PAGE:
The first in the contemplated  series of meetings for mutual improvement
in connection with the above was held  on Wednesday evening in the Victoria
Buildings, when a debate took place on "Are  co-operative societies as at
present conducted beneficial to the working  classes?"
    Mr. R. P. GRAHAM was called to  the chair, and in opening the proceedings
expressed the pleasure it gave him to  see such an unusually large number of
persons in attendance, and thought it  augured well for the success of the
proposed session.
    In proceeding years the  programme had almost invariably to be abandoned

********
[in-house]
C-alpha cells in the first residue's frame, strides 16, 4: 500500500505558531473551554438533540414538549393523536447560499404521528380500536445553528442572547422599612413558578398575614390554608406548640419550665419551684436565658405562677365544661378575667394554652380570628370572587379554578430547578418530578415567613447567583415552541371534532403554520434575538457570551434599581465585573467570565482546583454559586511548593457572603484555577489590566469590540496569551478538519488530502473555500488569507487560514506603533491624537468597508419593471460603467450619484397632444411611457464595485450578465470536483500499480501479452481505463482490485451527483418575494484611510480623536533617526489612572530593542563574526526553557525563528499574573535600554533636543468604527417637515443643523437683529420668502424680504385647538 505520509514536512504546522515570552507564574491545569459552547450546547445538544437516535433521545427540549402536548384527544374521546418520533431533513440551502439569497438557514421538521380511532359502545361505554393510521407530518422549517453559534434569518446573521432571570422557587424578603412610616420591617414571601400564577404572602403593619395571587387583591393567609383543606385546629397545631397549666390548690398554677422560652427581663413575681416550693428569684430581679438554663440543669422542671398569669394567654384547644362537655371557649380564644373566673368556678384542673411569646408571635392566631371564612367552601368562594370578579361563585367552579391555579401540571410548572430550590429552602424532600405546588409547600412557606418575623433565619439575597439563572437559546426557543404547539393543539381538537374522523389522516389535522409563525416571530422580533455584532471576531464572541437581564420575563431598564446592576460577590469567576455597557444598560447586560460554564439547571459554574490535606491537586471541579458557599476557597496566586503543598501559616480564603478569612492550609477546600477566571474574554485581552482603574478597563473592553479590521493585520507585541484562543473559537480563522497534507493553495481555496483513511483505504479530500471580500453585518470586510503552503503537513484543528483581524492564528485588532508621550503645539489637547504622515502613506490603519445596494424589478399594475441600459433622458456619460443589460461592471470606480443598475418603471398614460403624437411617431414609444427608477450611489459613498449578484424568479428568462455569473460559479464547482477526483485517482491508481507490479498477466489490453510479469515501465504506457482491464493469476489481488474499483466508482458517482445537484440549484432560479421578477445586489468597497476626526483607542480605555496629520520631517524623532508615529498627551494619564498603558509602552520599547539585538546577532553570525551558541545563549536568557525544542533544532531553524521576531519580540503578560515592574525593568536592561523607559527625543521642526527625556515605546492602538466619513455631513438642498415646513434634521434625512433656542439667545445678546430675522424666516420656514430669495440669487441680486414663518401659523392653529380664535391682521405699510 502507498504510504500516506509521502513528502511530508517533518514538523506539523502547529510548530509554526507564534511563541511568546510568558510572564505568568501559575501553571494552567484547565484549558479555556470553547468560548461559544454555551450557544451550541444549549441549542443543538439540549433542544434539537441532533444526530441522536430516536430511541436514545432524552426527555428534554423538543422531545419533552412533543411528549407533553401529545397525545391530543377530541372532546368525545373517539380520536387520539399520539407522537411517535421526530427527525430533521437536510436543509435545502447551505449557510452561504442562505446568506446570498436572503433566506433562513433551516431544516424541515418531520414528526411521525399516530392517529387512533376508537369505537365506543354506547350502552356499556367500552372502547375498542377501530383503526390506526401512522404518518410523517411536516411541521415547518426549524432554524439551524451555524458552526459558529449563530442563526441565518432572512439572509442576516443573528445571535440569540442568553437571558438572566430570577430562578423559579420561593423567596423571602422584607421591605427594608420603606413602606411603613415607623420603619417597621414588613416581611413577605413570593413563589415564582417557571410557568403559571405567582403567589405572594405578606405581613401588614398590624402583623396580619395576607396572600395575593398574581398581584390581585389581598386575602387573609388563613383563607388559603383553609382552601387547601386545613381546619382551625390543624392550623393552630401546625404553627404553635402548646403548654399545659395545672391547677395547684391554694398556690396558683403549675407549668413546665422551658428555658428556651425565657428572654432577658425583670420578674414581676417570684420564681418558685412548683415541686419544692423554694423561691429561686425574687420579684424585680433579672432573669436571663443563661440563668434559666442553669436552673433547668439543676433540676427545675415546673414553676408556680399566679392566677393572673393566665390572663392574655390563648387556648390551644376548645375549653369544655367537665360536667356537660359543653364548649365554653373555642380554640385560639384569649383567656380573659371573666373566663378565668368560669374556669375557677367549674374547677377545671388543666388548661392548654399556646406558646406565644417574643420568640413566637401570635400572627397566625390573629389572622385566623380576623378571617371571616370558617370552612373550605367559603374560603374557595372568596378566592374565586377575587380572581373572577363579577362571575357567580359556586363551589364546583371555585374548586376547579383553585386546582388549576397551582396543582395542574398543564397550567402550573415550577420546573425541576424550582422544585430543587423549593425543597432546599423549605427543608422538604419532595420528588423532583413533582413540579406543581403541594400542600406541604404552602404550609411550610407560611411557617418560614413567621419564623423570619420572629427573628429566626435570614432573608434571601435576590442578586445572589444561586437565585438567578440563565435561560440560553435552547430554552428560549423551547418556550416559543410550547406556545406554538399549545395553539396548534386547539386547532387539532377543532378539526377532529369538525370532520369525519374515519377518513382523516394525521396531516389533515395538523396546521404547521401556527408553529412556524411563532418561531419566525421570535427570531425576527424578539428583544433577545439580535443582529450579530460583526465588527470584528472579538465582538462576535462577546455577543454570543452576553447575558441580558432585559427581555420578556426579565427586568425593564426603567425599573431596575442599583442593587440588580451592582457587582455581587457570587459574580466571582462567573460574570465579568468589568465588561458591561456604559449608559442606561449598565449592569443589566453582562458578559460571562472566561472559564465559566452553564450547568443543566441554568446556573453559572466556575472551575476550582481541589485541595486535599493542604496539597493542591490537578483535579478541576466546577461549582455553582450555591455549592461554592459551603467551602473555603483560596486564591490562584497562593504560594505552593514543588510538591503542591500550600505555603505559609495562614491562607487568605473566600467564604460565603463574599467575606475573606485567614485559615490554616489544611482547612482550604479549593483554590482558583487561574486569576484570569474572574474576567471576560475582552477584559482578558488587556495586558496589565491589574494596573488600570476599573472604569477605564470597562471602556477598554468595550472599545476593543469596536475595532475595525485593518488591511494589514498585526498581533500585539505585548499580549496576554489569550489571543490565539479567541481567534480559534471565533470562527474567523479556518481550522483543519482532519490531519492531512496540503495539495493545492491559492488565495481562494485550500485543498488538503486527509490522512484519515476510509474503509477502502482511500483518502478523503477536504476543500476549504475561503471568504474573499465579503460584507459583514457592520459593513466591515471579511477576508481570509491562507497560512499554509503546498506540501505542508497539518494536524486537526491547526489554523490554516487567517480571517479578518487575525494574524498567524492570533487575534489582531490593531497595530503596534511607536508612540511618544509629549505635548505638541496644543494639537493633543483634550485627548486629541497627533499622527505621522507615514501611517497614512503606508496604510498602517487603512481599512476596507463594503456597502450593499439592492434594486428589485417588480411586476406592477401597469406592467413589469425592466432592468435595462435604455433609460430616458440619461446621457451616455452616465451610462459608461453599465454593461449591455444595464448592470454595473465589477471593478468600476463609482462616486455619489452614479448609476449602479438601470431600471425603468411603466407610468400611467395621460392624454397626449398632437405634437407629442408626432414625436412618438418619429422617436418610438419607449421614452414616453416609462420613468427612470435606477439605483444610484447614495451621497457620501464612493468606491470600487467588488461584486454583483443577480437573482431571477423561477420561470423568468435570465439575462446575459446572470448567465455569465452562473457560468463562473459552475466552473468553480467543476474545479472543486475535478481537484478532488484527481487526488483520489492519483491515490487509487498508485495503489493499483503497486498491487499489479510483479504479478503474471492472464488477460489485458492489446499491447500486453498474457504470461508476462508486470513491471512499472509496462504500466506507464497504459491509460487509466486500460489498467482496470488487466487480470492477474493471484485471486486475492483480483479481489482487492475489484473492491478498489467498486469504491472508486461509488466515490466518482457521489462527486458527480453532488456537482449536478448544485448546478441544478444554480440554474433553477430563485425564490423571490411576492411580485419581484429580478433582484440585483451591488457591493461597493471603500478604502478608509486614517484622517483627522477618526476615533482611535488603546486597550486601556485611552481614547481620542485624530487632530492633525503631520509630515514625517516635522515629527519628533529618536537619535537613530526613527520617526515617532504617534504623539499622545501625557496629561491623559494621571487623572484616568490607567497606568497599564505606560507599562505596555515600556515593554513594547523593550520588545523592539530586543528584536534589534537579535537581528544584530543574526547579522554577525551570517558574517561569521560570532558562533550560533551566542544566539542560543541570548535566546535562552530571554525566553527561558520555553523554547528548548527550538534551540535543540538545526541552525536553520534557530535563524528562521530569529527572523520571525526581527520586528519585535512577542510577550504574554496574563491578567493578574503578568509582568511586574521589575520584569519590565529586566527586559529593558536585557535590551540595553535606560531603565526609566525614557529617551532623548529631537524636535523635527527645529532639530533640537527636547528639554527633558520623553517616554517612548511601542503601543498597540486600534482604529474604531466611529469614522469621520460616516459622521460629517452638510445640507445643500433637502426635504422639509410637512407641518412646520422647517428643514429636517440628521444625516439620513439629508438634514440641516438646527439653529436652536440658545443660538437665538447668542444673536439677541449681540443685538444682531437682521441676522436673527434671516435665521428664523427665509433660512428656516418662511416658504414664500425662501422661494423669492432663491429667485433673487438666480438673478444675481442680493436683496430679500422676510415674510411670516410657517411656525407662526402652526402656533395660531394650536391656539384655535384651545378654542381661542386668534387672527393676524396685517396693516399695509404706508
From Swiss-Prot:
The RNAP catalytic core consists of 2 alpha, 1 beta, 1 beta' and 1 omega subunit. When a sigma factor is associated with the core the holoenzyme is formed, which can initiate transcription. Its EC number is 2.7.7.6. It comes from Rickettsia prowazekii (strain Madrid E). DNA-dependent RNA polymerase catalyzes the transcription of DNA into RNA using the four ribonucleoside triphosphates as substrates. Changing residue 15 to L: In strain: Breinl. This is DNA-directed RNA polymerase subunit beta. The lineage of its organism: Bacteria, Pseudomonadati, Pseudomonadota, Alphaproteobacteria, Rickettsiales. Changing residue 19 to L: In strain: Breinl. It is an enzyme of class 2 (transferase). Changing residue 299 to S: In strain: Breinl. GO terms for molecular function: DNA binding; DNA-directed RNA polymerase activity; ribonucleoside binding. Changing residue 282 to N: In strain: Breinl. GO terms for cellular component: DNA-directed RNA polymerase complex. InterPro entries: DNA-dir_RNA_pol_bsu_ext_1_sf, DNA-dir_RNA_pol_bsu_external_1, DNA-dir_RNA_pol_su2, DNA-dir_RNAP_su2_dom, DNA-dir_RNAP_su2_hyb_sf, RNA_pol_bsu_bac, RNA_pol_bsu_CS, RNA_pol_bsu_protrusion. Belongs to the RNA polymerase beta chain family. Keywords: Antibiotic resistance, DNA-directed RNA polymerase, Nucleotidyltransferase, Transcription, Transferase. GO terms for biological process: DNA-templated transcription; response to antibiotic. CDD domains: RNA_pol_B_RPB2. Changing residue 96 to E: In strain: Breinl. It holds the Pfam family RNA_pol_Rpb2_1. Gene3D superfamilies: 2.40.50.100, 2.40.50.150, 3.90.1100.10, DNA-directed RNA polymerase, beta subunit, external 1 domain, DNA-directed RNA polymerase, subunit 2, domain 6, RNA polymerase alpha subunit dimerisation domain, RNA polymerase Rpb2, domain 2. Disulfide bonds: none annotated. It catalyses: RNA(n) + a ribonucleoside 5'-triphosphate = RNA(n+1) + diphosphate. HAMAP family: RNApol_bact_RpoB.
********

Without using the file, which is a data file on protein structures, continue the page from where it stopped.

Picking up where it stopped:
in consequence of the very  meager support vouchsafed by the members and their
friends; but they seem now to  have "repented their ways," and to be
determined that a much needed improvement  should be effected. He hoped this might
prove to be the case.
    Mr. James CRAWFORD then opened  the debate in the affirmative, and
delivered a carefully prepared address, full  of argument. Mr. Joseph SHACKLEY, who
took the negative side of the question,  followed at great length, and as he
evidently spoke from conviction it gave zest  to the proceedings. An animated
discussion followed; but when the question was  put to the vote the numbers
were - for 26; against, 2, while several refrained  from voting either way.
    Votes of thanks to the openers  of the debate and the chairman, which
were duly acknowledged, terminated what  proved to be a most enjoyable and
profitable meeting.